Comprising Talmudic Treatises, Hebrew Melodies, and the Kabbalah Unveiled. Edited and with a Special Introduction by Epiphanius Wilson, A.M.
from generation to generation. Abarbanel and Maimonides disagree as to the names of these Receivers. While the Temple still stood as a centre of unity to the nation, it was considered unlawful to reduce these traditions to writing. But when the Temple was burned, and the Jews were dispersed among other peoples, it was considered politic to form them into a written code, which should serve as a bond of union, and keep alive the spirit of patriotism. The Jewish leaders saw the effect of Constitutions and Pandects in consolidating nations--the advantage of written laws over arbitrary decisions. Numberless precedents of case law, answering to our common law, were already recorded: and the teachings of the Hebrew jurisconsults, or "Responsa prudentium" which were held to be binding on the people, had been preserved from former ages.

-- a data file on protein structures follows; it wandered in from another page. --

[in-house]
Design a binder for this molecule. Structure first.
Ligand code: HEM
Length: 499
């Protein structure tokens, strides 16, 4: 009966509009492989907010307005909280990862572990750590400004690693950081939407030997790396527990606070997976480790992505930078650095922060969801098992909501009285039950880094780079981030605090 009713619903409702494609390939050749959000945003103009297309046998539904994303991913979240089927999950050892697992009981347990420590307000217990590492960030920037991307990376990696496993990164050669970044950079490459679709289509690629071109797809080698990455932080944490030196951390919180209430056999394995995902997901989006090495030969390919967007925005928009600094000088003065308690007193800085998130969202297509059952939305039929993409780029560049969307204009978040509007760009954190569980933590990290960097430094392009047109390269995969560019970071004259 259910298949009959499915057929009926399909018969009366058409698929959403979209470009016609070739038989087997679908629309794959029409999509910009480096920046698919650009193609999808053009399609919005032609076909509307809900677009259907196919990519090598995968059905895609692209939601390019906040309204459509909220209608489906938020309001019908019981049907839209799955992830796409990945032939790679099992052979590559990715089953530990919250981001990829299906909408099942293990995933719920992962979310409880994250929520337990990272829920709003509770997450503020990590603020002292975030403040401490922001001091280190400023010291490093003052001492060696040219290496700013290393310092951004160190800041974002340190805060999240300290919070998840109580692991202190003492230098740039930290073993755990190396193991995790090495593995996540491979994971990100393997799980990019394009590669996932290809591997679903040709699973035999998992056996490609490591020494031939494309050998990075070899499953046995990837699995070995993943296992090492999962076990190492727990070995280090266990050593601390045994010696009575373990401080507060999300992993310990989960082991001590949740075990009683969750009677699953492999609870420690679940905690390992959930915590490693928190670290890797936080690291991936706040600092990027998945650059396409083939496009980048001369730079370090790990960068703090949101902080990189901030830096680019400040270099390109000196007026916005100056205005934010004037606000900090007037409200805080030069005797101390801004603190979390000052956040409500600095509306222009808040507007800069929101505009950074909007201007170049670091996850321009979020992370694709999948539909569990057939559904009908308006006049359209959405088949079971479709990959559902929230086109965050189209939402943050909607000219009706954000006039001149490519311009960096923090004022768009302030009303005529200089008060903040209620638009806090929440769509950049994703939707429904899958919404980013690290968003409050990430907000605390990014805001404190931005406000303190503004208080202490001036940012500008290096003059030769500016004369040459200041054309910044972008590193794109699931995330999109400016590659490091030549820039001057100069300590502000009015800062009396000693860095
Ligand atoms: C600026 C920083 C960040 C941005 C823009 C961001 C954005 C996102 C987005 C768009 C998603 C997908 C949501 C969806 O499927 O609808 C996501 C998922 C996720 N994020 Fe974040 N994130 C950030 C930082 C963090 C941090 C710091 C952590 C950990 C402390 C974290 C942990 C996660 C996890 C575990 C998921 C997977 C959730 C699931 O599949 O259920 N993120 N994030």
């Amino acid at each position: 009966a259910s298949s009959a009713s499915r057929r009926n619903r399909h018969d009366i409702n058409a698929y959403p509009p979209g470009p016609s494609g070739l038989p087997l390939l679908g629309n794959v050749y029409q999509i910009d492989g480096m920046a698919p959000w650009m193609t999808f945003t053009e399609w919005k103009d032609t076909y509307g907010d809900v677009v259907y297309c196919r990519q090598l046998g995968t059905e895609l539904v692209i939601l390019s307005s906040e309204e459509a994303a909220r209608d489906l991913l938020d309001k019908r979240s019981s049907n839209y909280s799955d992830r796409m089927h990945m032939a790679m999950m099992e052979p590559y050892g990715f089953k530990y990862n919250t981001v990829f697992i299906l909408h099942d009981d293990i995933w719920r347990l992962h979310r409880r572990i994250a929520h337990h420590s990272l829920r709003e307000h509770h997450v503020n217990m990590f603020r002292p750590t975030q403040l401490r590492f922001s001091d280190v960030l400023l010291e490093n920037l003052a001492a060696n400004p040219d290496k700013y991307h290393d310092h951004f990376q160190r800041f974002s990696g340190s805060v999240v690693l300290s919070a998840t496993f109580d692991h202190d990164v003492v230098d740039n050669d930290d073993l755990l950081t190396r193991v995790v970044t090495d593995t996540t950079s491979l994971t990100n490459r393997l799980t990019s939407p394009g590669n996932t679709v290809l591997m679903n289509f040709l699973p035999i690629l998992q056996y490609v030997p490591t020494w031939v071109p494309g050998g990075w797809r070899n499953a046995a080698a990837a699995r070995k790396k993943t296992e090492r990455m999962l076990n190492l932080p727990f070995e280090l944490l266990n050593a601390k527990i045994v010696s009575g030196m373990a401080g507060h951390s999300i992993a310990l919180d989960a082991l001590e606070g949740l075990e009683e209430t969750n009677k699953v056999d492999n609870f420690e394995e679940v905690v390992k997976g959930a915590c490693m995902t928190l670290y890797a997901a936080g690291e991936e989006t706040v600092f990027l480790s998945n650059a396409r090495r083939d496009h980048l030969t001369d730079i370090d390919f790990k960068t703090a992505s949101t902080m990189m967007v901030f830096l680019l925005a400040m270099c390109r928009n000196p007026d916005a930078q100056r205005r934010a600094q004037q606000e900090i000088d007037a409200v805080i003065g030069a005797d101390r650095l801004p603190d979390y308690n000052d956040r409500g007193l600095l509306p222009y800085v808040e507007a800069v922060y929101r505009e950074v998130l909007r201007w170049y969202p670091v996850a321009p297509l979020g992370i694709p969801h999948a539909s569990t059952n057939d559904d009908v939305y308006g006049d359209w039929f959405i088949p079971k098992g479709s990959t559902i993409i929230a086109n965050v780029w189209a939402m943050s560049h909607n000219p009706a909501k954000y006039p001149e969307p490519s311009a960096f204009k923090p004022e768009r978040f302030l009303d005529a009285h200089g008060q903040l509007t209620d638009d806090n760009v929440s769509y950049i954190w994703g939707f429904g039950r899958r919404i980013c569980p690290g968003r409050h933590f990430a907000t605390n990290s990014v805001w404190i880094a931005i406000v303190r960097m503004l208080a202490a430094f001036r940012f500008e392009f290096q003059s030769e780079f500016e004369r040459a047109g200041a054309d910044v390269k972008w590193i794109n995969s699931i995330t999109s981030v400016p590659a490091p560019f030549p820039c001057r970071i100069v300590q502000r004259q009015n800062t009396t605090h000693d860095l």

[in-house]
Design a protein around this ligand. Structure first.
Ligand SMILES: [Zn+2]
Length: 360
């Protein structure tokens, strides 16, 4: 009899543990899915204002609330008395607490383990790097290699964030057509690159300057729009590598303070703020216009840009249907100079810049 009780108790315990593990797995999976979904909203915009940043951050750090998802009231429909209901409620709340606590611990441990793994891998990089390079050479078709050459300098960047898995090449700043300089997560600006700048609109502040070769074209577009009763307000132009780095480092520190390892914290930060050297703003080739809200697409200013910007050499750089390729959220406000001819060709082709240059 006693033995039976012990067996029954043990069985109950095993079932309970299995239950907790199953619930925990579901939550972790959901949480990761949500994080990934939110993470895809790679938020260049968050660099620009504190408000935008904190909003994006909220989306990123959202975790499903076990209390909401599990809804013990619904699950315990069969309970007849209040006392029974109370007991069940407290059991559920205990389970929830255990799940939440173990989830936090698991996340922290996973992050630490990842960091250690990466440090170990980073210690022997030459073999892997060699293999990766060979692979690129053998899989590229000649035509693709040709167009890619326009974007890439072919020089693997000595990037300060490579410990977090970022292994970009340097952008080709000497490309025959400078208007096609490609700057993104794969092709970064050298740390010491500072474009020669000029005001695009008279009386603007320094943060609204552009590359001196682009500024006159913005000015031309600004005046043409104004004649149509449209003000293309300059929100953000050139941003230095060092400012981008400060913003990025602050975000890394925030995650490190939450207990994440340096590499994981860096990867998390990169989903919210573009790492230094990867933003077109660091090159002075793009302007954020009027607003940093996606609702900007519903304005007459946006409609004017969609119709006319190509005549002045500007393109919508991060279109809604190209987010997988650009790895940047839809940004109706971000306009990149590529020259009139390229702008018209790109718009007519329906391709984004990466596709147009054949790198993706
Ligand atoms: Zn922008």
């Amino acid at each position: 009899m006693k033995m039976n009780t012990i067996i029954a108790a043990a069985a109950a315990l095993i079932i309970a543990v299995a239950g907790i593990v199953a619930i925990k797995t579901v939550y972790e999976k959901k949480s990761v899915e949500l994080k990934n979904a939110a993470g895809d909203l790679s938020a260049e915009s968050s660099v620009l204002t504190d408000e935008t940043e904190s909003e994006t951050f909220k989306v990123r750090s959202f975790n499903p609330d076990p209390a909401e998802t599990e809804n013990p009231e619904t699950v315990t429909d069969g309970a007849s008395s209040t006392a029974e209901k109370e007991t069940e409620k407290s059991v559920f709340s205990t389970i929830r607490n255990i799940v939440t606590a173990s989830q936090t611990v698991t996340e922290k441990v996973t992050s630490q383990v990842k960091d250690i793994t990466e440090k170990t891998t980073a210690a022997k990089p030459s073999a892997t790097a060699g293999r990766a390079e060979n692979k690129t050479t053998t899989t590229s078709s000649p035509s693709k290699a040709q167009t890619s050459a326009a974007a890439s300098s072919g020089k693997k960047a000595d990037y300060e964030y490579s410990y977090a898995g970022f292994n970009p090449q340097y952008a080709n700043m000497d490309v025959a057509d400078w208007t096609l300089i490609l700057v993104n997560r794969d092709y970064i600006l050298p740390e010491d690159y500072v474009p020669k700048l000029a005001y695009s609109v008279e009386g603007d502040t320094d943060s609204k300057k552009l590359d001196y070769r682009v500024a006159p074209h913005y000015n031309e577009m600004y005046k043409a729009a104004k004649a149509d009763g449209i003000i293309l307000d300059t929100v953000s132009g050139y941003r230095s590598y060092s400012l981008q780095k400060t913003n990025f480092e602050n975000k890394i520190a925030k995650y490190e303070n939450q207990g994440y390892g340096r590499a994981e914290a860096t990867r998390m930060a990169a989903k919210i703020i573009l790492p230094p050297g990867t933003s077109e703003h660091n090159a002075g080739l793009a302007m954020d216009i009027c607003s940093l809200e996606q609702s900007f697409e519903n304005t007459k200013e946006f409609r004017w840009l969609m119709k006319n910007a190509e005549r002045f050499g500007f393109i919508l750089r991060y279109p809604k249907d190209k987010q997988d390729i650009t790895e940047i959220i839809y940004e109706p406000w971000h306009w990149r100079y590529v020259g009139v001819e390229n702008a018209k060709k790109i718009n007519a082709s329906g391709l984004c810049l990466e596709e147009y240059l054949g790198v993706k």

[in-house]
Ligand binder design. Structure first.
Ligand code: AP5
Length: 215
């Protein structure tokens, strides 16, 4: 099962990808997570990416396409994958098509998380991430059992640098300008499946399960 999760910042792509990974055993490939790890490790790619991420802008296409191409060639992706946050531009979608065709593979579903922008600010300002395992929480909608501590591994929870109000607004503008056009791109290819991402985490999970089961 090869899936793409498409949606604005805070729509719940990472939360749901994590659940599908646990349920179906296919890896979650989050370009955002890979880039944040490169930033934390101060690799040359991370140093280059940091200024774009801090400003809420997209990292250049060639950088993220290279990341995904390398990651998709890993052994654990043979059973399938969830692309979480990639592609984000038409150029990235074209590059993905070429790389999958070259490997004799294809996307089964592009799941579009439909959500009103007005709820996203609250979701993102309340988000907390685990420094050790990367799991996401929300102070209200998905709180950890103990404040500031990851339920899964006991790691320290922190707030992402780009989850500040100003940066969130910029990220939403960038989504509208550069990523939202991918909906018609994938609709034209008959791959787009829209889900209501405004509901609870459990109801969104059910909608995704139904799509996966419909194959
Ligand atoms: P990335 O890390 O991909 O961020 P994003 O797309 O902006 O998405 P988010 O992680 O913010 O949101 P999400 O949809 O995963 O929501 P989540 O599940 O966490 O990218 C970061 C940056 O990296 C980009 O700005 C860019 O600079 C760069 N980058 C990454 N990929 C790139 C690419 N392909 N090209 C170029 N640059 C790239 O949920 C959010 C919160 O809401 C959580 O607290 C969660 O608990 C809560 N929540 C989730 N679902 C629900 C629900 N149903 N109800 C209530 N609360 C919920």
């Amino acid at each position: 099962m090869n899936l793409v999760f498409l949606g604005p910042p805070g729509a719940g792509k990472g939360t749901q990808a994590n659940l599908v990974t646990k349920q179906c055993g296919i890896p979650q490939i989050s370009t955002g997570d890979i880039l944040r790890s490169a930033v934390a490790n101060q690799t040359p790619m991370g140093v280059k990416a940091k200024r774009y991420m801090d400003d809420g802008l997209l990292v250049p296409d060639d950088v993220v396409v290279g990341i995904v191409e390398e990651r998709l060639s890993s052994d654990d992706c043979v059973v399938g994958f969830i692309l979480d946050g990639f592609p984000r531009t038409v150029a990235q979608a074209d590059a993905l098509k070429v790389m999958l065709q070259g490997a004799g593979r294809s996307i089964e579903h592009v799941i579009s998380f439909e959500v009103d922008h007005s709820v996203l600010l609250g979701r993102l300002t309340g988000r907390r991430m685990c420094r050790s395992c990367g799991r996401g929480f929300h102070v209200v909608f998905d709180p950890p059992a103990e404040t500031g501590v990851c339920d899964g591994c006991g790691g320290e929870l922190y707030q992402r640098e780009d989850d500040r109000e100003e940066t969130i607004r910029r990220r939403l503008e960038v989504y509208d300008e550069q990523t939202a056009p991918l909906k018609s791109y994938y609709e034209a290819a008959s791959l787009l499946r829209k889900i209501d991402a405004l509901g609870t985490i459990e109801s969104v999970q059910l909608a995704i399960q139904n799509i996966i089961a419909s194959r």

All these traditions Rabbi Judah the Holy undertook to reduce into one digest. And this laborious work he completed about A.D. 190, or more than a century after the de